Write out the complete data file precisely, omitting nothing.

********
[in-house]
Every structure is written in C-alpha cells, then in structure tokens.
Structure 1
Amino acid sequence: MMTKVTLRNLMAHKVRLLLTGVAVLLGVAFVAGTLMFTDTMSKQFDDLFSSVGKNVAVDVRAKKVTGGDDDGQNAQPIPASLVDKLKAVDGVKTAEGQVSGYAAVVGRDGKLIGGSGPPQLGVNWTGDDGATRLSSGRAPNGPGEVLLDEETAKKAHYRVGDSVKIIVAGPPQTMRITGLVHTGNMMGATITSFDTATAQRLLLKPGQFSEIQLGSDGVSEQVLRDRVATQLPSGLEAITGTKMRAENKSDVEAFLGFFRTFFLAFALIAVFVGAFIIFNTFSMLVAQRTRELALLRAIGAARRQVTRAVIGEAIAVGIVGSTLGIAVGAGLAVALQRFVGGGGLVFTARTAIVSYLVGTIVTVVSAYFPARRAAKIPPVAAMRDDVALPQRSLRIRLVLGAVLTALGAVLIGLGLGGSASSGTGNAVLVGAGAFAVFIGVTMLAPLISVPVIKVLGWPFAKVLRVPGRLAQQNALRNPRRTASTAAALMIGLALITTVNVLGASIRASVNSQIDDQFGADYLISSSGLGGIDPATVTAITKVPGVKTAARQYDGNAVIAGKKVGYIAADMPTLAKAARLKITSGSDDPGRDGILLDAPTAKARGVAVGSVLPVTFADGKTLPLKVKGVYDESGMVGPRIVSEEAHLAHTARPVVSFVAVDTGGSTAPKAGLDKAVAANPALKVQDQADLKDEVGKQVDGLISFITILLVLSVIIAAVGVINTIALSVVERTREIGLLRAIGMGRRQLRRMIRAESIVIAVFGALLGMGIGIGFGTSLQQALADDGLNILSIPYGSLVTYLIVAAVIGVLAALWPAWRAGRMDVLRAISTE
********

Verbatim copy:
[in-house]
Every structure is written in C-alpha cells, then in structure tokens.
Structure 1
Amino acid sequence: MMTKVTLRNLMAHKVRLLLTGVAVLLGVAFVAGTLMFTDTMSKQFDDLFSSVGKNVAVDVRAKKVTGGDDDGQNAQPIPASLVDKLKAVDGVKTAEGQVSGYAAVVGRDGKLIGGSGPPQLGVNWTGDDGATRLSSGRAPNGPGEVLLDEETAKKAHYRVGDSVKIIVAGPPQTMRITGLVHTGNMMGATITSFDTATAQRLLLKPGQFSEIQLGSDGVSEQVLRDRVATQLPSGLEAITGTKMRAENKSDVEAFLGFFRTFFLAFALIAVFVGAFIIFNTFSMLVAQRTRELALLRAIGAARRQVTRAVIGEAIAVGIVGSTLGIAVGAGLAVALQRFVGGGGLVFTARTAIVSYLVGTIVTVVSAYFPARRAAKIPPVAAMRDDVALPQRSLRIRLVLGAVLTALGAVLIGLGLGGSASSGTGNAVLVGAGAFAVFIGVTMLAPLISVPVIKVLGWPFAKVLRVPGRLAQQNALRNPRRTASTAAALMIGLALITTVNVLGASIRASVNSQIDDQFGADYLISSSGLGGIDPATVTAITKVPGVKTAARQYDGNAVIAGKKVGYIAADMPTLAKAARLKITSGSDDPGRDGILLDAPTAKARGVAVGSVLPVTFADGKTLPLKVKGVYDESGMVGPRIVSEEAHLAHTARPVVSFVAVDTGGSTAPKAGLDKAVAANPALKVQDQADLKDEVGKQVDGLISFITILLVLSVIIAAVGVINTIALSVVERTREIGLLRAIGMGRRQLRRMIRAESIVIAVFGALLGMGIGIGFGTSLQQALADDGLNILSIPYGSLVTYLIVAAVIGVLAALWPAWRAGRMDVLRAISTE